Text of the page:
Religious leaders condemn Paris attacks; Florida pastor calls for 'courageous Christians'

by Kelly Ledbetter, |
French police stand guard as people gather to look at the Eiffel Tower that is lit with the blue, white and red colours of the French flag in Paris, France, November 16, 2015, in tribute to the victims of a series of deadly attacks on Friday in the French capital. | REUTERS/Charles Platiau

PARIS (Christian Examiner) – Religious and political leaders worldwide expressed condolences to the French people and condemned ISIS ffter six coordinated terrorist attacks in Paris on Friday evening left over 120 dead and hundreds critically wounded.

"We are shocked by this new manifestation of maddening, terrorist violence and hatred which we condemn in the most radical way together with the pope and all those who love peace," Rev. Federico Lombardi, the Vatican's chief spokesman, said on Saturday.

"We pray for the victims and the wounded, and for all the French people," Lombardi said. "This is an attack on peace for all humanity, and it requires a decisive, supportive response on the part of all of us as we counter the spread the homicidal hatred in all of its forms."

Pledging to eradicate ISIS, French President Francois Hollande launched massive airstrikes against Syria Sunday night, targeting ISIS training camps and munitions stores.

On social media, supporters of ISIS have been celebrating the success of the attacks. ISIS has made further threats about planning similar organized terror in other international cities, including Washington, D.C.


At the G20 summit in Turkey, President Obama called the attacks a "terrible and sickening setback," adding that ISIS can be pushed back with airstrikes even as the world grieves with Paris.

The targeted sites included the Bataclan theater, a bar and restaurants, and a sports stadium. The attack was carried out by numerous jihadists believed to be coordinated out of Belgium.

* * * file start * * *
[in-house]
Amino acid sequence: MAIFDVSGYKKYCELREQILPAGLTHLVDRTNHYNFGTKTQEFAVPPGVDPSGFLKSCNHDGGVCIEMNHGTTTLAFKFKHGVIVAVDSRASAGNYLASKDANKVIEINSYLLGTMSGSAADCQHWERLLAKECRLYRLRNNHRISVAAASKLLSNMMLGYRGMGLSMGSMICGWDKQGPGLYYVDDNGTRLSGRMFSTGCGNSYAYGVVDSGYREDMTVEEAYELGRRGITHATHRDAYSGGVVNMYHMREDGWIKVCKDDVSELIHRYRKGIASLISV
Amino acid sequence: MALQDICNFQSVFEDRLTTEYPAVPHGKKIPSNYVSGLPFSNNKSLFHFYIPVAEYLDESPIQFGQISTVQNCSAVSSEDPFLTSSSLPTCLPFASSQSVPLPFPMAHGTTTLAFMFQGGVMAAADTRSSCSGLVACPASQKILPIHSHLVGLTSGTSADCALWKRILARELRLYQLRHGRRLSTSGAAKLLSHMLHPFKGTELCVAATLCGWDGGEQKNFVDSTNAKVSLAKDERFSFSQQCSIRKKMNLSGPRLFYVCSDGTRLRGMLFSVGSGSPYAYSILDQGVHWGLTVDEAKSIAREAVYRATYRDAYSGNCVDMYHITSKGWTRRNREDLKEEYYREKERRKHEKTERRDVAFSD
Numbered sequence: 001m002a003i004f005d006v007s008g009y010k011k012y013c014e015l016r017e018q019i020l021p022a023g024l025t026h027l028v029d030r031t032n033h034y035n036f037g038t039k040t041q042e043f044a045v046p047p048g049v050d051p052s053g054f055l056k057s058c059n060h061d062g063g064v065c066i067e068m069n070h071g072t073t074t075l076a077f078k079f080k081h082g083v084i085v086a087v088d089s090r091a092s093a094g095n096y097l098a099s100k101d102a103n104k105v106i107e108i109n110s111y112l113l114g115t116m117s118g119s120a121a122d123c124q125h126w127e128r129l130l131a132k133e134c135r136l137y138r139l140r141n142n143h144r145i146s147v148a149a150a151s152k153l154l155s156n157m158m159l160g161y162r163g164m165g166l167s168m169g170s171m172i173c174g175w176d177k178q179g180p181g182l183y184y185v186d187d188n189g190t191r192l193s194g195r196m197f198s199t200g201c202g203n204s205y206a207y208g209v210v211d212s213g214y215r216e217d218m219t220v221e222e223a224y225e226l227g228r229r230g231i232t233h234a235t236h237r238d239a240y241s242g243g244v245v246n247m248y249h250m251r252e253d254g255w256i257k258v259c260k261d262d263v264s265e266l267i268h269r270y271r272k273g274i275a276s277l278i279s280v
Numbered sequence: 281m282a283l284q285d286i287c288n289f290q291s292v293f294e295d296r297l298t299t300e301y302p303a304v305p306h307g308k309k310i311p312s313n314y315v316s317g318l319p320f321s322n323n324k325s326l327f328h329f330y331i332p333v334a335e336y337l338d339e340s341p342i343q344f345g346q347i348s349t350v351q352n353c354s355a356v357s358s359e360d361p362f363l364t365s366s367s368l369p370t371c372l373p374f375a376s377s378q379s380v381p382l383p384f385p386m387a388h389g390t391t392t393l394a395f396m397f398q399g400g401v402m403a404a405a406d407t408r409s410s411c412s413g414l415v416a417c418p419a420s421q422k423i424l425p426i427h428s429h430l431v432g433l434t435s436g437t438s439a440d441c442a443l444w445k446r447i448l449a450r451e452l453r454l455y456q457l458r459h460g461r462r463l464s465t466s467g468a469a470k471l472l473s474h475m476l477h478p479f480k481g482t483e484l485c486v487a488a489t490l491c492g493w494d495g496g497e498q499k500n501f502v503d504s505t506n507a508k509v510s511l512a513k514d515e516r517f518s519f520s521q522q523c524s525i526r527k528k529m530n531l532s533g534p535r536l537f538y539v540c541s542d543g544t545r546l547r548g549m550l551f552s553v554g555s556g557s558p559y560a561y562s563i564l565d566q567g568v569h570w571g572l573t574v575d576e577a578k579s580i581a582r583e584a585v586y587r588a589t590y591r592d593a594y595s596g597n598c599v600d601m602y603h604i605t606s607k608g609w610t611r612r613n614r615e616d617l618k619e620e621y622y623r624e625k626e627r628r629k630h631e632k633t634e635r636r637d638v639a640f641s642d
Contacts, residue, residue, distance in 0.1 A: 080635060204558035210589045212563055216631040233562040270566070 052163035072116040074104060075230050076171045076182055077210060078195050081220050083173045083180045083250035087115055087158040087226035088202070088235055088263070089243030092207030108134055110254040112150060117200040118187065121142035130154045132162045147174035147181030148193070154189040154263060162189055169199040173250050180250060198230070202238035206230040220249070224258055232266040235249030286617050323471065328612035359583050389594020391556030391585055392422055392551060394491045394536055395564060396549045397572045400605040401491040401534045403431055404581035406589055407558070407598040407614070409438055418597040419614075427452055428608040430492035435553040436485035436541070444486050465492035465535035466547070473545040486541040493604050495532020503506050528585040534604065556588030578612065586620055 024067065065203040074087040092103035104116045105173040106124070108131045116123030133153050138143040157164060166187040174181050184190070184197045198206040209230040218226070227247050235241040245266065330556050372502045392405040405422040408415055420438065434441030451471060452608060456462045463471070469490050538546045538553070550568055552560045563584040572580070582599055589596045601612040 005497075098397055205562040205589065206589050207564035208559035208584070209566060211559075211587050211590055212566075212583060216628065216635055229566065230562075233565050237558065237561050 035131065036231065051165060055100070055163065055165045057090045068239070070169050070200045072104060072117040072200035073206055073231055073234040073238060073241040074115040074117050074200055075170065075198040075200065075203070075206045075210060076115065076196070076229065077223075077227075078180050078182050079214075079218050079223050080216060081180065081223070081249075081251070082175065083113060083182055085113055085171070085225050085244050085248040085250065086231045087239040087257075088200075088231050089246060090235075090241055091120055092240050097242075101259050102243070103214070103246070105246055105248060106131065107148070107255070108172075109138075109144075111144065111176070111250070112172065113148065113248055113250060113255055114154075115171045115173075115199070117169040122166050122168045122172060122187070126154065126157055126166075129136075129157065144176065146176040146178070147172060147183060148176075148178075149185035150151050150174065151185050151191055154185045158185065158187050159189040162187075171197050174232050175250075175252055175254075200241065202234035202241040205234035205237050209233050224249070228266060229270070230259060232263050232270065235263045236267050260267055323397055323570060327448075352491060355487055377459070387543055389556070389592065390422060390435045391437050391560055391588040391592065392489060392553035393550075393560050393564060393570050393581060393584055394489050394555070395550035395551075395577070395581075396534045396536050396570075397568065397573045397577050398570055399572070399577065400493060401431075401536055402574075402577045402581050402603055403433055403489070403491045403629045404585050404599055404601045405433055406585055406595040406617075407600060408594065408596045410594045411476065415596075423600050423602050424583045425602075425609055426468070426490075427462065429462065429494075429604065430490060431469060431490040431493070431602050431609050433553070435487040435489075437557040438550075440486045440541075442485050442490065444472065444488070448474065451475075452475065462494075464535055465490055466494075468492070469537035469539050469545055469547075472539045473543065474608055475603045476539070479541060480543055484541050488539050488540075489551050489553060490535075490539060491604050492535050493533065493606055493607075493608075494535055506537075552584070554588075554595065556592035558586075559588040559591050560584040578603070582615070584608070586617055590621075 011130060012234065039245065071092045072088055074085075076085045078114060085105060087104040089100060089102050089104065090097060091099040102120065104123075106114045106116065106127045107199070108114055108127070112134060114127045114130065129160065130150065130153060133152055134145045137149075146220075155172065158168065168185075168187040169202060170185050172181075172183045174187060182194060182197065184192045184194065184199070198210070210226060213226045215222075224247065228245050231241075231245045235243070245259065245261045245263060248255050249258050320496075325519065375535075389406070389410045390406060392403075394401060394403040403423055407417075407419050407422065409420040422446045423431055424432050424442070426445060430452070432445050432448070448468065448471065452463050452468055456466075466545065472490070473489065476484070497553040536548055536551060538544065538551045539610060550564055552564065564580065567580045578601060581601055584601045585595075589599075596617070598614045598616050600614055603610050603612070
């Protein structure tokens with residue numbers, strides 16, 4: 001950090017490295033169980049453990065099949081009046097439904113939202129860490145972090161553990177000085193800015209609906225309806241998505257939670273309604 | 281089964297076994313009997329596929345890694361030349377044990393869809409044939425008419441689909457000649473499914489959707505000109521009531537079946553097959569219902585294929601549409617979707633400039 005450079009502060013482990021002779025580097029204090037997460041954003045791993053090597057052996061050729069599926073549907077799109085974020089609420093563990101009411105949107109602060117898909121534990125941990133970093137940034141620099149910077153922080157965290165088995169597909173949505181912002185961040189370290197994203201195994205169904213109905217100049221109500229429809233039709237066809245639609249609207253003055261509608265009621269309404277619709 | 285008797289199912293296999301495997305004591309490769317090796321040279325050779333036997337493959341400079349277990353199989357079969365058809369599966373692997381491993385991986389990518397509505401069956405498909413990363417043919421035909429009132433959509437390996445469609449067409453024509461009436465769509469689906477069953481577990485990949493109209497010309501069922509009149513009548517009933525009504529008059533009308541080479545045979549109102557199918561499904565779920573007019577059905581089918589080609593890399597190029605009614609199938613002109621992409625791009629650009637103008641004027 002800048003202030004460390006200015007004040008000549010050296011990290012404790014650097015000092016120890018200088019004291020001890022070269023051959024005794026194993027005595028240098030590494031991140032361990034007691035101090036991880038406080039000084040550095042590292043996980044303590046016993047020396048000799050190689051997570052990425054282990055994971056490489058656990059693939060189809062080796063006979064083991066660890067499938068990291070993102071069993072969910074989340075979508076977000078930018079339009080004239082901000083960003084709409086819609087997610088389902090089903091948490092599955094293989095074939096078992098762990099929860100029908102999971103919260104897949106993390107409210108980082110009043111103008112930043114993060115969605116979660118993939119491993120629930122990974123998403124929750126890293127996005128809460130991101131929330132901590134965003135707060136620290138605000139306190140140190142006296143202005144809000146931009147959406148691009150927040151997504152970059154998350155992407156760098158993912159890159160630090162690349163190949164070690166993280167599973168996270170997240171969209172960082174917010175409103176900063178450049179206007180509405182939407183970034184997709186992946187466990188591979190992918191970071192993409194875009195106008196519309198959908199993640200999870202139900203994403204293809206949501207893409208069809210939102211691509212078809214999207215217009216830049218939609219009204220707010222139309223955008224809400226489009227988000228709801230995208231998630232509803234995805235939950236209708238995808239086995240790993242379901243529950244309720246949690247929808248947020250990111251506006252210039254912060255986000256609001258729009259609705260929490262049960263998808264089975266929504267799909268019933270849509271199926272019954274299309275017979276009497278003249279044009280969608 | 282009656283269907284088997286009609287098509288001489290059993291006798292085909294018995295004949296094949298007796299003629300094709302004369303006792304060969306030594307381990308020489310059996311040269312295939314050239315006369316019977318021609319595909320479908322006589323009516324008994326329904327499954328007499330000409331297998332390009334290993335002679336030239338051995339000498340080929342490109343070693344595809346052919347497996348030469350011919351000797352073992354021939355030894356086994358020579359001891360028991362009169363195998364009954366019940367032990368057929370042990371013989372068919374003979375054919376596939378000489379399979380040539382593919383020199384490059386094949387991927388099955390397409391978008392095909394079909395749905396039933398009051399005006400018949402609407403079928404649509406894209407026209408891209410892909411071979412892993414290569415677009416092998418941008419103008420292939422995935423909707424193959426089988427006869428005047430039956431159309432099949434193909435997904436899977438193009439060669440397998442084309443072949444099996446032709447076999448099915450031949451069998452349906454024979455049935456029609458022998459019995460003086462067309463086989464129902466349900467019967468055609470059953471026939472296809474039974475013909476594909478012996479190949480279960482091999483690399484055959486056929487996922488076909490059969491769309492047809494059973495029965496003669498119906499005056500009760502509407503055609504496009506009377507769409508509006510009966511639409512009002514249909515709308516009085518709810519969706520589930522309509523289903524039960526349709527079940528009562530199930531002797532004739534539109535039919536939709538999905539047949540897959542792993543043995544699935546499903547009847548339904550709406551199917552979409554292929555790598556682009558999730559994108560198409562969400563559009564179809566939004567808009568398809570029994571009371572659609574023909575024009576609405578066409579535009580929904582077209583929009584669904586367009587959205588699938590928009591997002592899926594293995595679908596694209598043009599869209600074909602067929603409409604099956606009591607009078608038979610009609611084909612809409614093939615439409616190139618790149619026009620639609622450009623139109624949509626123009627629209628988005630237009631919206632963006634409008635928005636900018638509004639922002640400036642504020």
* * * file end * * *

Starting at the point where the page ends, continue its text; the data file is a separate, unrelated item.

In its statement claiming credit for the attacks, ISIS called Paris a center of "prostitution and vice."

The hateful statement concluded: "Let France and all nations following its path know that they will continue to be at the top of the target list for the Islamic State and that the scent of death will not leave their nostrils as long as they partake in the crusader campaign, as long as they dare to curse our Prophet (blessings and peace be upon him), and as long as they boast about their war against Islam in France and their strikes against Muslims in the lands of the Caliphate with their jets, which were of no avail to them in the filthy streets and alleys of Paris," according to Vox.

Umar Al-Qadri, imam of the Al-Mustafa Islamic Centre in Dublin harshly condemned the terrorist acts and said these should be dissociated from Islam.

"My thoughts and prayers are with the people of Paris and every other place on earth plagued by sick men with weapons and bombs," Al-Qadri said. "Terrorists have no religion whatsoever. Their religion is intolerance hatred for Peace. The news from Paris is very frightening. May God be with us all against all types of extremism and terrorism."

Buildings around the world, including the Eiffel Tower, displayed red, white and blue bands to honor the Parisians who died Friday night.


In the United States, the Presiding Bishop of the Episcopal Church, Michael Curry, called upon "all Episcopalians and people of good will and faith to pray for those who have died," those who may still be in harm's way, and first responders. He prayed the Lord's prayer on behalf of "the human family" in a video on the Episcopal website.

The Nov. 13 attack comes less than a year after the Jan. 7 terrorist attack targeting the magazine Charlie Hebdo in Paris, where 12 were killed that day and four in a related hostage situation on Jan. 9.

Iranian President Hassan Rouhani, who cancelled his European visit, sent a message to President Hollande. "In the name of the Iranian people, who have themselves been victims of terrorism, I strongly condemn these crimes against humanity and offer my condolences to the grieving French people and government," he said.

In an address to French parliamentary houses, President Hollande said he will prioritize national security by increased airstrikes and increased border patrol as well as seeking the option to extend the country's state of emergency to up to three months and deport those deemed threatening to national security, according to the BBC.


President Obama said the United States would also increase airstrikes against ISIS and remain on guard against its threats.

Mac Brunson, pastor of First Baptist Church in Jacksonville, noted Sunday that Obama just Friday had made an announcement that ISIS had been contained. 

"We are living in distressed times," Brunson said, Preaching from Proverbs 24. "We're living in a day folks where we need some courageous Christians."

Brunson said in a world where Millennials -- or the "none's" -- increasingly don't claim a church, and baby boomers -- or the "done's" -- are leaving the church out of apathy, a vaccum exists.

"We are ready to stand for Jesus Christ in the day in which we live," Brunson said.